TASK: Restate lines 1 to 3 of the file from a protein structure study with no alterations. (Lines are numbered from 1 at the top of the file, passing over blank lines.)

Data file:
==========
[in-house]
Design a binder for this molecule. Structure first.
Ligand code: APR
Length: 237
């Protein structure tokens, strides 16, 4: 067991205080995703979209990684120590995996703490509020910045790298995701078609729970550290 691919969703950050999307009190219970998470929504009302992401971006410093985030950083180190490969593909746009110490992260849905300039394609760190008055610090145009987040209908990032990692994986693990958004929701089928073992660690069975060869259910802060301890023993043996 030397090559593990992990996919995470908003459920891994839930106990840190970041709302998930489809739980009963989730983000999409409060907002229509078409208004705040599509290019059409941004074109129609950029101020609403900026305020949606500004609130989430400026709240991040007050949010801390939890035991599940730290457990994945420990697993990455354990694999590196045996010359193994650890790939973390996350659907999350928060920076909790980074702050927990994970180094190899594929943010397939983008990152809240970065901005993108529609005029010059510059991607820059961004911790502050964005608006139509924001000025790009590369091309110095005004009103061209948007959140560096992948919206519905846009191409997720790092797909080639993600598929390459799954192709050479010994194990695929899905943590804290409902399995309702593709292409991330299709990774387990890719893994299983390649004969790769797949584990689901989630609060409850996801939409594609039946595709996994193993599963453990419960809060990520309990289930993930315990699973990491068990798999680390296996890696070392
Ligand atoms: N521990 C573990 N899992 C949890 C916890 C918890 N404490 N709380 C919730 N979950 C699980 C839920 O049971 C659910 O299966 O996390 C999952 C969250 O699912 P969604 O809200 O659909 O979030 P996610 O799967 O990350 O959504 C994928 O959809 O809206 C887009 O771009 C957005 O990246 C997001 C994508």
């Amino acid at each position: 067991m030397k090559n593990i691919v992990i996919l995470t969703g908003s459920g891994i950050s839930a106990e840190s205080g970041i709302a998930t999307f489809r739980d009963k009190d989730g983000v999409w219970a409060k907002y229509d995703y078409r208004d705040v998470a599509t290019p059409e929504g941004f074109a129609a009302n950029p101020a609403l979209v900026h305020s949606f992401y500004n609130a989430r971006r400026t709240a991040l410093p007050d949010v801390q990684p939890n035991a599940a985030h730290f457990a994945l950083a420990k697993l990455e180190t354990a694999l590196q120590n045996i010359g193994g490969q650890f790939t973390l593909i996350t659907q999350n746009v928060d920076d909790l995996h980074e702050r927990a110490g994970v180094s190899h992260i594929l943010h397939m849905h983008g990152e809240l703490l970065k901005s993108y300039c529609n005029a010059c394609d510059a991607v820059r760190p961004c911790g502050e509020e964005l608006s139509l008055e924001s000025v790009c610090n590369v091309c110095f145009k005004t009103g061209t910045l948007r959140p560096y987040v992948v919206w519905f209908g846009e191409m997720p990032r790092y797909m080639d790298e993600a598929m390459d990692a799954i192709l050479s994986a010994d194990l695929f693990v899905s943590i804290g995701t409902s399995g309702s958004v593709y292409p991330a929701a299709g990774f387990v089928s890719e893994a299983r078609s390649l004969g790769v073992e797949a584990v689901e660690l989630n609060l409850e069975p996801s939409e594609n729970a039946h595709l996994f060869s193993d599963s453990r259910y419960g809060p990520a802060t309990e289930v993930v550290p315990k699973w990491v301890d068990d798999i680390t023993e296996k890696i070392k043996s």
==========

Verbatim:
[in-house]
Design a binder for this molecule. Structure first.
Ligand code: APR